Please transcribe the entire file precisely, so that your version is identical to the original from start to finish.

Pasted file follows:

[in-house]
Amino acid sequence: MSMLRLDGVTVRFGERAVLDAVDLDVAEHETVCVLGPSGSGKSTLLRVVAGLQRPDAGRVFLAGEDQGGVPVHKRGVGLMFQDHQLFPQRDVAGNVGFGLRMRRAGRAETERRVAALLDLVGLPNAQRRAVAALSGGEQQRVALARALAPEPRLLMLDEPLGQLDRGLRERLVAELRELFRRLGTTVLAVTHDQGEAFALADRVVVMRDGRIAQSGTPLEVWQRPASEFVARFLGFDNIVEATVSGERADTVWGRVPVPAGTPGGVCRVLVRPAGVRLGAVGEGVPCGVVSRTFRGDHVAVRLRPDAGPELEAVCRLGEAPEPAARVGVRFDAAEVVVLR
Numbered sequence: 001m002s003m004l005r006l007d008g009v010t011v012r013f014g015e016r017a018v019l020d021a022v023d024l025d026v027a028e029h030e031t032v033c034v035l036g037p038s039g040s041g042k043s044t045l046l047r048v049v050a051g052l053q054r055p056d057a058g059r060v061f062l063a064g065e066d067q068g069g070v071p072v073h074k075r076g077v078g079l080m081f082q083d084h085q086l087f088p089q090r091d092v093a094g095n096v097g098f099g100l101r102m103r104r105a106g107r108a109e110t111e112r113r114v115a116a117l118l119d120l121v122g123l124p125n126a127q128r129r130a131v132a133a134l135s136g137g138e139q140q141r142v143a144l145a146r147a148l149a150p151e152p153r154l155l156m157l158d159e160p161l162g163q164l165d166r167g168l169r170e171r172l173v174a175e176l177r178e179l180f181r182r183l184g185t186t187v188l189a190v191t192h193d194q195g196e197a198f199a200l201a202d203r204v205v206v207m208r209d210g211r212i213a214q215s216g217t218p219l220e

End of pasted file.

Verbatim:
[in-house]
Amino acid sequence: MSMLRLDGVTVRFGERAVLDAVDLDVAEHETVCVLGPSGSGKSTLLRVVAGLQRPDAGRVFLAGEDQGGVPVHKRGVGLMFQDHQLFPQRDVAGNVGFGLRMRRAGRAETERRVAALLDLVGLPNAQRRAVAALSGGEQQRVALARALAPEPRLLMLDEPLGQLDRGLRERLVAELRELFRRLGTTVLAVTHDQGEAFALADRVVVMRDGRIAQSGTPLEVWQRPASEFVARFLGFDNIVEATVSGERADTVWGRVPVPAGTPGGVCRVLVRPAGVRLGAVGEGVPCGVVSRTFRGDHVAVRLRPDAGPELEAVCRLGEAPEPAARVGVRFDAAEVVVLR
Numbered sequence: 001m002s003m004l005r006l007d008g009v010t011v012r013f014g015e016r017a018v019l020d021a022v023d024l025d026v027a028e029h030e031t032v033c034v035l036g037p038s039g040s041g042k043s044t045l046l047r048v049v050a051g052l053q054r055p056d057a058g059r060v061f062l063a064g065e066d067q068g069g070v071p072v073h074k075r076g077v078g079l080m081f082q083d084h085q086l087f088p089q090r091d092v093a094g095n096v097g098f099g100l101r102m103r104r105a106g107r108a109e110t111e112r113r114v115a116a117l118l119d120l121v122g123l124p125n126a127q128r129r130a131v132a133a134l135s136g137g138e139q140q141r142v143a144l145a146r147a148l149a150p151e152p153r154l155l156m157l158d159e160p161l162g163q164l165d166r167g168l169r170e171r172l173v174a175e176l177r178e179l180f181r182r183l184g185t186t187v188l189a190v191t192h193d194q195g196e197a198f199a200l201a202d203r204v205v206v207m208r209d210g211r212i213a214q215s216g217t218p219l220e